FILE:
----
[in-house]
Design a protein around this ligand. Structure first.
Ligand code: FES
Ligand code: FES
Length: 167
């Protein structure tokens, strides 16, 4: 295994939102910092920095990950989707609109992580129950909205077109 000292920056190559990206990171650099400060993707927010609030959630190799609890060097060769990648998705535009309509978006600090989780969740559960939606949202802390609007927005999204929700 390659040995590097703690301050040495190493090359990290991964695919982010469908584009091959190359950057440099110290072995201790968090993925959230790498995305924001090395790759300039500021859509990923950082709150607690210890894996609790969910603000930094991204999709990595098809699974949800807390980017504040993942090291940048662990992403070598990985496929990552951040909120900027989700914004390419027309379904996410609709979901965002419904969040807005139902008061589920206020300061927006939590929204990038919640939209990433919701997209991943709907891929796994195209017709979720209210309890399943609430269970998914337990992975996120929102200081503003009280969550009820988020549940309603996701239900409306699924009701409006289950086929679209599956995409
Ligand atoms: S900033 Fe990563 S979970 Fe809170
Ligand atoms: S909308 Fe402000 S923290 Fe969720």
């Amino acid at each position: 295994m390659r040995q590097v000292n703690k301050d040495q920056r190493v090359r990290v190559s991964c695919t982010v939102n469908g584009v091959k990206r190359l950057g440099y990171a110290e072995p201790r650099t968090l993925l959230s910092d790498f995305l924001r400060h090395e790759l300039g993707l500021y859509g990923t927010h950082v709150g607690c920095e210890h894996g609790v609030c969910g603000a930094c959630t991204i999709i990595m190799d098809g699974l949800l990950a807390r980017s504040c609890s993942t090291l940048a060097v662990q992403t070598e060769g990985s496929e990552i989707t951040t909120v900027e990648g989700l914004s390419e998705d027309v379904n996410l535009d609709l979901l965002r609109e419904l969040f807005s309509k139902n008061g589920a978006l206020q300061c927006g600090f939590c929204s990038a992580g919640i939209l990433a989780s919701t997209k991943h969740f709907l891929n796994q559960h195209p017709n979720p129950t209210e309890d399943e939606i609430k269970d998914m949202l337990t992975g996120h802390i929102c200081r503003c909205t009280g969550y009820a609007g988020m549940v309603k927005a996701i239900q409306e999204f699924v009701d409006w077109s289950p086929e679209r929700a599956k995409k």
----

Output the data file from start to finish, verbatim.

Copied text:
[in-house]
Design a protein around this ligand. Structure first.
Ligand code: FES
Ligand code: FES
Length: 167
């Protein structure tokens, strides 16, 4: 295994939102910092920095990950989707609109992580129950909205077109 000292920056190559990206990171650099400060993707927010609030959630190799609890060097060769990648998705535009309509978006600090989780969740559960939606949202802390609007927005999204929700 390659040995590097703690301050040495190493090359990290991964695919982010469908584009091959190359950057440099110290072995201790968090993925959230790498995305924001090395790759300039500021859509990923950082709150607690210890894996609790969910603000930094991204999709990595098809699974949800807390980017504040993942090291940048662990992403070598990985496929990552951040909120900027989700914004390419027309379904996410609709979901965002419904969040807005139902008061589920206020300061927006939590929204990038919640939209990433919701997209991943709907891929796994195209017709979720209210309890399943609430269970998914337990992975996120929102200081503003009280969550009820988020549940309603996701239900409306699924009701409006289950086929679209599956995409
Ligand atoms: S900033 Fe990563 S979970 Fe809170
Ligand atoms: S909308 Fe402000 S923290 Fe969720």
């Amino acid at each position: 295994m390659r040995q590097v000292n703690k301050d040495q920056r190493v090359r990290v190559s991964c695919t982010v939102n469908g584009v091959k990206r190359l950057g440099y990171a110290e072995p201790r650099t968090l993925l959230s910092d790498f995305l924001r400060h090395e790759l300039g993707l500021y859509g990923t927010h950082v709150g607690c920095e210890h894996g609790v609030c969910g603000a930094c959630t991204i999709i990595m190799d098809g699974l949800l990950a807390r980017s504040c609890s993942t090291l940048a060097v662990q992403t070598e060769g990985s496929e990552i989707t951040t909120v900027e990648g989700l914004s390419e998705d027309v379904n996410l535009d609709l979901l965002r609109e419904l969040f807005s309509k139902n008061g589920a978006l206020q300061c927006g600090f939590c929204s990038a992580g919640i939209l990433a989780s919701t997209k991943h969740f709907l891929n796994q559960h195209p017709n979720p129950t209210e309890d399943e939606i609430k269970d998914m949202l337990t992975g996120h802390i929102c200081r503003c909205t009280g969550y009820a609007g988020m549940v309603k927005a996701i239900q409306e999204f699924v009701d409006w077109s289950p086929e679209r929700a599956k995409k």